USE OF THE AMAZONIAN TREE SPECIES <em>INGA</em> <em>EDULIS</em> FOR SOIL REGENERATION AND WEED CONTROL
Keywords:Agroforestry, Imperata brasiliensis, improved fallow, Peruvian Amazon, slash and burn farming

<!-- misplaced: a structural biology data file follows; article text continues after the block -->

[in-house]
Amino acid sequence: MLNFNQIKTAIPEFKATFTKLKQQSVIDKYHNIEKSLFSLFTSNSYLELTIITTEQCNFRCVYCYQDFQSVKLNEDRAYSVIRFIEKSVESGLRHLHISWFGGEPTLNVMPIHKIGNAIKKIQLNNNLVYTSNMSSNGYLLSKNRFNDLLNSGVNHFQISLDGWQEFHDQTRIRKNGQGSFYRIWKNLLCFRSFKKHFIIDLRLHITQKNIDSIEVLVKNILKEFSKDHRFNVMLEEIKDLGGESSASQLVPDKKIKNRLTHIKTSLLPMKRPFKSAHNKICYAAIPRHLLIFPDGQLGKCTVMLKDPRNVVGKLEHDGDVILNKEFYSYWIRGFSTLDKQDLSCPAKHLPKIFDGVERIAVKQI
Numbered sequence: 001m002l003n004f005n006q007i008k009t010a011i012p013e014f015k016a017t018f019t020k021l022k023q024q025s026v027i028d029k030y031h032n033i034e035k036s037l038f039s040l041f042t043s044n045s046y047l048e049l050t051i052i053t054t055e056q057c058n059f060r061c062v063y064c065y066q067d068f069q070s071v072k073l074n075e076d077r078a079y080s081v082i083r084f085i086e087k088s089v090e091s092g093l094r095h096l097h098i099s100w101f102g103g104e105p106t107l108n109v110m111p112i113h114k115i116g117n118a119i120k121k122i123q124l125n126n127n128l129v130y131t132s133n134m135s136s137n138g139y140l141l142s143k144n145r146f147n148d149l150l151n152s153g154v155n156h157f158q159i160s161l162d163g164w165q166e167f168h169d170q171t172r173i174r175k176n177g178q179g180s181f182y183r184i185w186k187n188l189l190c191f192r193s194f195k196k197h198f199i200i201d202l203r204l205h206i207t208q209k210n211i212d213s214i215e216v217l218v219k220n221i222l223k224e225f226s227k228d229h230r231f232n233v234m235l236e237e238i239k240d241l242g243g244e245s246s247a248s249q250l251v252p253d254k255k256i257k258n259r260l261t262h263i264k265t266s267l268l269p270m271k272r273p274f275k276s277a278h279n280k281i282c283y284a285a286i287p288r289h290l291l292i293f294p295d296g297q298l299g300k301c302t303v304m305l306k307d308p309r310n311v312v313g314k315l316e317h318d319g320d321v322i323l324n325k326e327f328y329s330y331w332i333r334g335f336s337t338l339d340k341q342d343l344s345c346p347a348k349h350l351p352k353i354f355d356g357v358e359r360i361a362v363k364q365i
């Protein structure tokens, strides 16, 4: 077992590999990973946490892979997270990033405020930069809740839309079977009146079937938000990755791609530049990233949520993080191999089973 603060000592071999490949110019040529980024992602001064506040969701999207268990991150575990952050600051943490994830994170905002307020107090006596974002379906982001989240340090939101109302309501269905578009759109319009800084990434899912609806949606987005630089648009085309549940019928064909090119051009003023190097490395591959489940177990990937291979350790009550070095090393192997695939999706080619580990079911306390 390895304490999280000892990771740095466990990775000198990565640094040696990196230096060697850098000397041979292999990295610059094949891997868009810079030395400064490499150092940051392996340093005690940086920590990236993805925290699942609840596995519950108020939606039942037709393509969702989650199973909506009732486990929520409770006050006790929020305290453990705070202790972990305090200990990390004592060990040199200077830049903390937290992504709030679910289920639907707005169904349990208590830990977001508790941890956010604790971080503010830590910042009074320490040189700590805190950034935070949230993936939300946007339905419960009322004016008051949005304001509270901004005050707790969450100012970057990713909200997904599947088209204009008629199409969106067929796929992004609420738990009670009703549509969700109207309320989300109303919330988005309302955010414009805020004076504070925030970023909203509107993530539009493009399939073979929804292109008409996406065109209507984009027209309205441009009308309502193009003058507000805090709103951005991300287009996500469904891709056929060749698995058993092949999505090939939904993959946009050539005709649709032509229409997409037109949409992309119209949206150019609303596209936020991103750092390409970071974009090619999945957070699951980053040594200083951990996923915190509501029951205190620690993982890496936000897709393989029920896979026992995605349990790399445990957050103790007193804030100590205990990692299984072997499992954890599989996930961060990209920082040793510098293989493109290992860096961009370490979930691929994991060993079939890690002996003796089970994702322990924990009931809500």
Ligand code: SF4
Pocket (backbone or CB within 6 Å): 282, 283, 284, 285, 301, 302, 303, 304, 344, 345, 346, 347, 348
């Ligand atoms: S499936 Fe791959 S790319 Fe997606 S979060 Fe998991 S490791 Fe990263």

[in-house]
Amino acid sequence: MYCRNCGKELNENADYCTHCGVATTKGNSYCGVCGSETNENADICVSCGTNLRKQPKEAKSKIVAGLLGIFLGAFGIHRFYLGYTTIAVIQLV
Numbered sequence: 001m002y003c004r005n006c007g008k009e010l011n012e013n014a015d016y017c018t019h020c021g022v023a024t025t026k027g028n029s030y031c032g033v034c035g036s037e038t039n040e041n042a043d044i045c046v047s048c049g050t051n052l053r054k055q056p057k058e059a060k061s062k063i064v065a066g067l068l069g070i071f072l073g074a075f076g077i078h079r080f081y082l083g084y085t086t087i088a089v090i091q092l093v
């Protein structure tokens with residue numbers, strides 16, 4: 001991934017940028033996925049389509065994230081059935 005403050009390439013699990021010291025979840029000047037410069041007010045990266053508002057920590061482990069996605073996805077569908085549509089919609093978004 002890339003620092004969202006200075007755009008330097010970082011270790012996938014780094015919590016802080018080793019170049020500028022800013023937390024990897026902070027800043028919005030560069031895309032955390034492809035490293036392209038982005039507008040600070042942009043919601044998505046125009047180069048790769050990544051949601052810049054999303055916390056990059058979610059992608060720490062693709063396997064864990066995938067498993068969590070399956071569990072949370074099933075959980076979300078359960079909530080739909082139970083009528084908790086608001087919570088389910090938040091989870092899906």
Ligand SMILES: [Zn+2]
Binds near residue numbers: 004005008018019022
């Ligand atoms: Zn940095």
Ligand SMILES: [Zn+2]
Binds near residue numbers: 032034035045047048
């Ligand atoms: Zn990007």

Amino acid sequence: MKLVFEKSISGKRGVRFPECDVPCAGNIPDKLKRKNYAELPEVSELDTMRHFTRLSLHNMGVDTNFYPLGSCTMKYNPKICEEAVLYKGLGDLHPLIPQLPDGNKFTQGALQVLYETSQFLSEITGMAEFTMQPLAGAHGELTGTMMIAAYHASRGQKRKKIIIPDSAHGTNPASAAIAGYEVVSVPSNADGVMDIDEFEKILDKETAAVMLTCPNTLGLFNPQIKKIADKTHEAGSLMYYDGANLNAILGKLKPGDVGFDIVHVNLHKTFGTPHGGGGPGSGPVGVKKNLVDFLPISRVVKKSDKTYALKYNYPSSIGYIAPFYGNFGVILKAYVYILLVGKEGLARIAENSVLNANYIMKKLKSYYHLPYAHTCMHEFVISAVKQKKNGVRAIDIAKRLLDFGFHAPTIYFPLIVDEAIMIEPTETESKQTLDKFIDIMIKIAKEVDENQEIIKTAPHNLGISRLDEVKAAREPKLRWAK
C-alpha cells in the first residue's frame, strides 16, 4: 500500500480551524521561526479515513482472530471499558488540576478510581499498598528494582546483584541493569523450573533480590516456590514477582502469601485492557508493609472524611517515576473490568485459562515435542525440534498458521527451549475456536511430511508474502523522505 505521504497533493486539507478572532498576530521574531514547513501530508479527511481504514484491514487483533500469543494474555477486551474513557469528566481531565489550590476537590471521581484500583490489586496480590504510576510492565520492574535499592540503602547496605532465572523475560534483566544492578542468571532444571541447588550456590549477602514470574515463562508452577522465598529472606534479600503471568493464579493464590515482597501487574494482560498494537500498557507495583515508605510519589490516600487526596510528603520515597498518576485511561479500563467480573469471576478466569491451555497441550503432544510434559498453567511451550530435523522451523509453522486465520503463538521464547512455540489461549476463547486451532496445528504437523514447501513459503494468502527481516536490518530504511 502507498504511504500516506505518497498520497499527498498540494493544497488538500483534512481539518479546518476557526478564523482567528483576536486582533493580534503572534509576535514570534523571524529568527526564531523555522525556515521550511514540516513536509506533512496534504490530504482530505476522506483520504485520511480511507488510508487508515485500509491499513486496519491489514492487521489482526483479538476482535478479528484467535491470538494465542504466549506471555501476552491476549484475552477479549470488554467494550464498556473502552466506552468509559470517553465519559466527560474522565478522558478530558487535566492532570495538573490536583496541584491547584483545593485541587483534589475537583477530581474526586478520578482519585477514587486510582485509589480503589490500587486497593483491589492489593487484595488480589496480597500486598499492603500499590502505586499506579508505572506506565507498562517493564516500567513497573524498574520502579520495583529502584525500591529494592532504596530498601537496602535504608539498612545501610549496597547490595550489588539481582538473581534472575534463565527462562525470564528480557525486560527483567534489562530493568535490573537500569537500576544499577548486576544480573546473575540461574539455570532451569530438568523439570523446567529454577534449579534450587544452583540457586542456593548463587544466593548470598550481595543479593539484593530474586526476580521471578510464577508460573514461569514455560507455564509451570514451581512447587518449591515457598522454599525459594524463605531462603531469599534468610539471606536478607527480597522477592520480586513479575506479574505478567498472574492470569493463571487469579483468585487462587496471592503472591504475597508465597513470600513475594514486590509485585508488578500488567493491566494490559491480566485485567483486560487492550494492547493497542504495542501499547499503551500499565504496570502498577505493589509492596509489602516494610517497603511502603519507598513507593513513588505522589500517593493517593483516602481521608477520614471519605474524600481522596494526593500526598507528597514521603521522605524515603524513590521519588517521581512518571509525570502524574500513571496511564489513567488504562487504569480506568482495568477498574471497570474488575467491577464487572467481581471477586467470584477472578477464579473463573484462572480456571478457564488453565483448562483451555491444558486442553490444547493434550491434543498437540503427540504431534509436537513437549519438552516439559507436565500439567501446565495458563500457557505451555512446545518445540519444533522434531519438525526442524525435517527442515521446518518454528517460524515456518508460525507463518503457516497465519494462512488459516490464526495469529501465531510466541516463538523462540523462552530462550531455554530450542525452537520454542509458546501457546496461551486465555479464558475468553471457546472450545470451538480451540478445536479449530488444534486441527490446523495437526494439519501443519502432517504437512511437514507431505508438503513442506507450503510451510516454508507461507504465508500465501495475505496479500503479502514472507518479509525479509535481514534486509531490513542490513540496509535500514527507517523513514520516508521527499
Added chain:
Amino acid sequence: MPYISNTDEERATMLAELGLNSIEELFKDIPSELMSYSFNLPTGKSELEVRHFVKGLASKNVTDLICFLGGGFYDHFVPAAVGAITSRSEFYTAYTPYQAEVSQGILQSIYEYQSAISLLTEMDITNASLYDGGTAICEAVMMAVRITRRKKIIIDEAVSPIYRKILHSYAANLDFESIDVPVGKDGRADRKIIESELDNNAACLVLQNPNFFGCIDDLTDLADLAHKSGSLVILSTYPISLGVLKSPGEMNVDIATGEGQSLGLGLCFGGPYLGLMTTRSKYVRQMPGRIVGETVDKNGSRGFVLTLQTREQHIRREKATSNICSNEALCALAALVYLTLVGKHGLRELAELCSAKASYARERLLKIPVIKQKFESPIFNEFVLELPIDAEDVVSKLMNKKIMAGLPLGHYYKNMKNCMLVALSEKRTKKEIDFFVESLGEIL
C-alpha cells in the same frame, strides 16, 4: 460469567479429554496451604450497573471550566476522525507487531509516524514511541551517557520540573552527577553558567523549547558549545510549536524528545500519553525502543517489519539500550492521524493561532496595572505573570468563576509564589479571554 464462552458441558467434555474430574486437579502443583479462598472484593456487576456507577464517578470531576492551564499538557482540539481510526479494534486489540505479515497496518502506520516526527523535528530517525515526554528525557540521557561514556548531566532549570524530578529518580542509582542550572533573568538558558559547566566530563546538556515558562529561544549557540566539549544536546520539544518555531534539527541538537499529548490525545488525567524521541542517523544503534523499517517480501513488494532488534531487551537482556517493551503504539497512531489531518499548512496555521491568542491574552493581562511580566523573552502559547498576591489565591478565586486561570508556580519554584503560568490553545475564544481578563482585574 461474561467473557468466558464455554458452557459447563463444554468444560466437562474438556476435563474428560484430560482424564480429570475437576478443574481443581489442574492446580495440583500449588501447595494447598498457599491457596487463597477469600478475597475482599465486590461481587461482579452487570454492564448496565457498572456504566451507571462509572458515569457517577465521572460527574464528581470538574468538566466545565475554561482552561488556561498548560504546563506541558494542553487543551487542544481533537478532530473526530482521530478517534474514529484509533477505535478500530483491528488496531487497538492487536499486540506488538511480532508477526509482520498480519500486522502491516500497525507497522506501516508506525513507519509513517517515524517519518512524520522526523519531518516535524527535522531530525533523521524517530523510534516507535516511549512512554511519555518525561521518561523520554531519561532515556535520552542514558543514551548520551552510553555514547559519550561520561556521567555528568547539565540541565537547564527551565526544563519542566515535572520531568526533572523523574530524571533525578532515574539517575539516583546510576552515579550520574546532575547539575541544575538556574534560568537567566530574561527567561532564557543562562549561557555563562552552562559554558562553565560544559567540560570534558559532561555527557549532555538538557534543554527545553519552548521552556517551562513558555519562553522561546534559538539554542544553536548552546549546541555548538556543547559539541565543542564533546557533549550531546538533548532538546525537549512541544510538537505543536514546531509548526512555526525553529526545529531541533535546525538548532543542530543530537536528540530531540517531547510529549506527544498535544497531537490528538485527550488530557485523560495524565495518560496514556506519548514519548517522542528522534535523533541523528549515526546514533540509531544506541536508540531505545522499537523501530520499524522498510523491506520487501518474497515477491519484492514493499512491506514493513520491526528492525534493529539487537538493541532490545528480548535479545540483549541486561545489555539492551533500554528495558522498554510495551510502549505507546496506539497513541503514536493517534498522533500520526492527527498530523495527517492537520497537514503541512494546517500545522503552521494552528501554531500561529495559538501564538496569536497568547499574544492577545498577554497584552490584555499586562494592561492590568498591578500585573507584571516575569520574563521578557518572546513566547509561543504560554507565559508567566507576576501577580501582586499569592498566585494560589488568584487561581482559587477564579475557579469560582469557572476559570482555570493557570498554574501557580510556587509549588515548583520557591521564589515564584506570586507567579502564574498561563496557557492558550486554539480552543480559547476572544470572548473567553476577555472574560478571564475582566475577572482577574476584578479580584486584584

LOJKA B, PREININGER D, VAN DAMME P, ROLLO A & BANOUT J. 2012. Use of the Amazonian tree species Inga edulis for soil regeneration and weed control. Land for agriculture in the tropics is often cleared through slash and burn, which is a shifting cultivation system. However, shortening of fallow periods led to soil degradation, decreased yields and increased weed pressure. Our objective was to evaluate the effects of short-term tree fallow of Inga edulis on weeds and soil fertility. We compared four treatments, namely, (1) natural fallow, (2) planted fallow with I. edulis, (3) planted fallow with I. edulis + herbaceous cover crop kudzu (Pueraria phaseoloides) and (4) continuous cropping of cassava (Manihot esculenta). Tree and weed biomass amount and composition were determined at 3, 6, 9, 13, 17, 20, 24, 28 and 33 months after establishment, while soil samples at 17 and 25 months. The growth rate of I. edulis was slow when compared with other studies. However, improved fallows were able to significantly decrease aboveground weed biomass. Total biomass of improved fallows increased more rapidly than that of natural fallow and cassava cropping. There were no significant soil fertility differences between treatments and all fallows increased the organic matter in topsoil over time. Available P declined in all treatments but stocks of aboveground N, P and K increased more rapidly under improved fallows. Planted fallows using trees such as I. edulis have the potential to reduce growth of weed species and improve some soil fertility parameters but, on highly degraded soil, a longer time and possibly P fertilisation may be needed to achieve these increases.